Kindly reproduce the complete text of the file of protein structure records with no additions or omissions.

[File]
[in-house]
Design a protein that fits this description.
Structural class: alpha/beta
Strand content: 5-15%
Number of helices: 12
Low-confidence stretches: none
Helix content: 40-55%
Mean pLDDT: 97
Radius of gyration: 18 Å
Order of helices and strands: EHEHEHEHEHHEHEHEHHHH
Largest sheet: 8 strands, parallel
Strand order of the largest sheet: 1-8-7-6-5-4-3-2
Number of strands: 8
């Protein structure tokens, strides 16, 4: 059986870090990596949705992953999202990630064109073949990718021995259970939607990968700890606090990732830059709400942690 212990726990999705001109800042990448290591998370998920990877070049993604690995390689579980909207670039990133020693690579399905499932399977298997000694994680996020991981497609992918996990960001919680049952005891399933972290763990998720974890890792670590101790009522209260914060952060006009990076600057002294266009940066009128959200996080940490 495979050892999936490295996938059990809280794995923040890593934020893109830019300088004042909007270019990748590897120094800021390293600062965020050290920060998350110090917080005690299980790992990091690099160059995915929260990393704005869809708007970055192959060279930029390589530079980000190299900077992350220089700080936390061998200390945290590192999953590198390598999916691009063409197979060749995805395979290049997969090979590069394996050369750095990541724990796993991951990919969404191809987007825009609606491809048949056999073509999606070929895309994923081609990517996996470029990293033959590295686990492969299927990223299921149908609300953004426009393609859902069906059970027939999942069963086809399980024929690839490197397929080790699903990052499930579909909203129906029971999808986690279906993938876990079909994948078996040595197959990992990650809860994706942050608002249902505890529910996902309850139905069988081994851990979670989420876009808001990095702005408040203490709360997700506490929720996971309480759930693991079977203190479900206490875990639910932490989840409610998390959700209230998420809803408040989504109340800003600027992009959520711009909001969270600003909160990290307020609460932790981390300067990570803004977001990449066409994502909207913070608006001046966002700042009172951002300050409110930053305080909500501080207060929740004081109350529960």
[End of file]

[in-house]
Design a protein that fits this description.
Structural class: alpha/beta
Strand content: 5-15%
Number of helices: 12
Low-confidence stretches: none
Helix content: 40-55%
Mean pLDDT: 97
Radius of gyration: 18 Å
Order of helices and strands: EHEHEHEHEHHEHEHEHHHH
Largest sheet: 8 strands, parallel
Strand order of the largest sheet: 1-8-7-6-5-4-3-2
Number of strands: 8
């Protein structure tokens, strides 16, 4: 059986870090990596949705992953999202990630064109073949990718021995259970939607990968700890606090990732830059709400942690 212990726990999705001109800042990448290591998370998920990877070049993604690995390689579980909207670039990133020693690579399905499932399977298997000694994680996020991981497609992918996990960001919680049952005891399933972290763990998720974890890792670590101790009522209260914060952060006009990076600057002294266009940066009128959200996080940490 495979050892999936490295996938059990809280794995923040890593934020893109830019300088004042909007270019990748590897120094800021390293600062965020050290920060998350110090917080005690299980790992990091690099160059995915929260990393704005869809708007970055192959060279930029390589530079980000190299900077992350220089700080936390061998200390945290590192999953590198390598999916691009063409197979060749995805395979290049997969090979590069394996050369750095990541724990796993991951990919969404191809987007825009609606491809048949056999073509999606070929895309994923081609990517996996470029990293033959590295686990492969299927990223299921149908609300953004426009393609859902069906059970027939999942069963086809399980024929690839490197397929080790699903990052499930579909909203129906029971999808986690279906993938876990079909994948078996040595197959990992990650809860994706942050608002249902505890529910996902309850139905069988081994851990979670989420876009808001990095702005408040203490709360997700506490929720996971309480759930693991079977203190479900206490875990639910932490989840409610998390959700209230998420809803408040989504109340800003600027992009959520711009909001969270600003909160990290307020609460932790981390300067990570803004977001990449066409994502909207913070608006001046966002700042009172951002300050409110930053305080909500501080207060929740004081109350529960």